The 2021 Jeep Grand Cherokee L is a new model adding a third row of seats and 15 more inches of body length to the 2021 Grand Cherokee. Its design and architecture are new, infotainment tech is expanded and updated, and safety and driver-assistance features are more plentiful.
The standard Grand Cherokee will also include these changes when its new 2022 version arrives later this year, though it will remain a two-row SUV without the extended length.
With the third row added, the Grand Cherokee L offers six-passenger seating with two captain’s chairs in the middle row, or seven-passenger seating with an optional bench in the middle.
The two third-row seats in the L model are actual seats, worthy of adults. When upright, the seats shrink cargo space to a restrictive 17.2 cubic feet. When folded, however, they create a generous 46.9 cubic-feet of space with a solid, flat floor. That extra 15 inches of length goes a long way toward increasing Grand Cherokee L’s functionality.
Lest you imagine the new L looking like a seesaw: the wheelbase has also been extended, by 7 inches.
There are four trim levels of the Grand Cherokee L: Laredo, Limited, Overland, and Summit. Rear-wheel drive is standard and there are four-wheel drive options. The standard engine is a 293-horsepower V6, and a 357-horsepower V8 is available on Overland and Summit models. Both engines are paired with an eight-speed automatic transmission.
Towing capacity for the V6 engine is 6,200 pounds. Its EPA rating is 19/26/21 mpg with 2WD and 18/25/21 mpg with 4WD. The V8, available only with 4WD, can haul up to 7,200 pounds and is rated 14/22/17 mpg.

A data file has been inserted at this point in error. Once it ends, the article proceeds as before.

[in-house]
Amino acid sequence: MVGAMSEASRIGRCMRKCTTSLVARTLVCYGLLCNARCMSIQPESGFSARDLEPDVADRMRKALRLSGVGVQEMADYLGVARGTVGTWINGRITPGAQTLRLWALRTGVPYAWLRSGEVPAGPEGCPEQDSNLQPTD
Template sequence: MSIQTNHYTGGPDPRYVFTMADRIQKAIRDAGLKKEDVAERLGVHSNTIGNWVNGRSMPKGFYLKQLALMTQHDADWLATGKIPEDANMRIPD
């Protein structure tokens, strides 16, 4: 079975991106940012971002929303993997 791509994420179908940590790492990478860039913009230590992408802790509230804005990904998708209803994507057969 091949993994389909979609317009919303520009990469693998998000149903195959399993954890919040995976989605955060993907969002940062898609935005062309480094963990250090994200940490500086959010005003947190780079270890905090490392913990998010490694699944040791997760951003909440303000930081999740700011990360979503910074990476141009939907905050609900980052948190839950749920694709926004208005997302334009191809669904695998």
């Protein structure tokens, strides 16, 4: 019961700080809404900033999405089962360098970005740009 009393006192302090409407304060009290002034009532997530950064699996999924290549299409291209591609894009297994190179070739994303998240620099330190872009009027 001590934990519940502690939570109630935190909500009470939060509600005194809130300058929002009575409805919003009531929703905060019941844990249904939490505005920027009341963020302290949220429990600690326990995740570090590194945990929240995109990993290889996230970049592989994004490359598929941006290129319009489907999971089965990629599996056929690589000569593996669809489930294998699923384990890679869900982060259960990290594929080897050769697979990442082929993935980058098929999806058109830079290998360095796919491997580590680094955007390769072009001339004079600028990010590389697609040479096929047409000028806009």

Pricing starts at $38,690 for the Laredo, $47,385 for Limited, $54,690 for Overland, and $58,690 for Summit. These prices include a $1,695 destination charge, and four-wheel drive is an extra $2,000.
I drove the Overland model with a V6 engine and four-wheel drive. In this case it was the Overland’s standard 4WD system called Quadra-Trac II, which includes a two-speed transfer case and hill descent control. Overland offers the option of a Quadra-Drive II 4WD system that also includes an electronic limited-slip differential for the rear axle. It’s included in an off-road package.
Beyond the multitude of standard features found on Laredo and Limited grades, the Overland includes 20-inch wheels, an air suspension with adaptive dampers and rear load leveling, a hands-free liftgate, panoramic sunroof, cooling for the front seats, a power tilt and telescoping steering wheel column, and front parking sensors.
For an extra $1,795 my Overland test vehicle upgraded the standard Uconnect 5 Navigation infotainment system with a 10.1-inch display (8.4 inches is standard) and a 950-watt McIntosh audio system with 19 speakers.
Three other four-figure option packages on the tester (Luxury Tech, Advanced Pro Tech, Off-road Group) totaling $5,085 added everything else you could think of.
Jeep’s original Wagoneer full-size luxury SUV served as inspiration for the Grand Cherokee L’s design, but its look is thoroughly modern.
The Overland’s comfortable and quiet interior has luxury-level refinement. The fancy upgraded Uconnect system and driver information interface can be as complicated or as simple as you like. I of course opted for simple. No doubt I missed out on a million cool things as a result. But that’s nothing new, and I was happy nonetheless.
In all this talk of luxury and design, let’s don’t forget that the Grand Cherokee L is a full-on Jeep, with every bit of the rugged all-terrain capabilities the name implies.
2021 JEEP GRAND CHEROKEE L OVERLAND 4X4
Base price, including destination charge: $54,690
Price as driven: $63,915
Mary Lowry is a member of the Motor Press Guild and a member and past president of the Northwest Automotive Press Association. She lives in Snohomish County. Vehicles are provided by automotive manufacturers as a one-week loan for evaluation purposes only. Manufacturers do not control content of the reviews.
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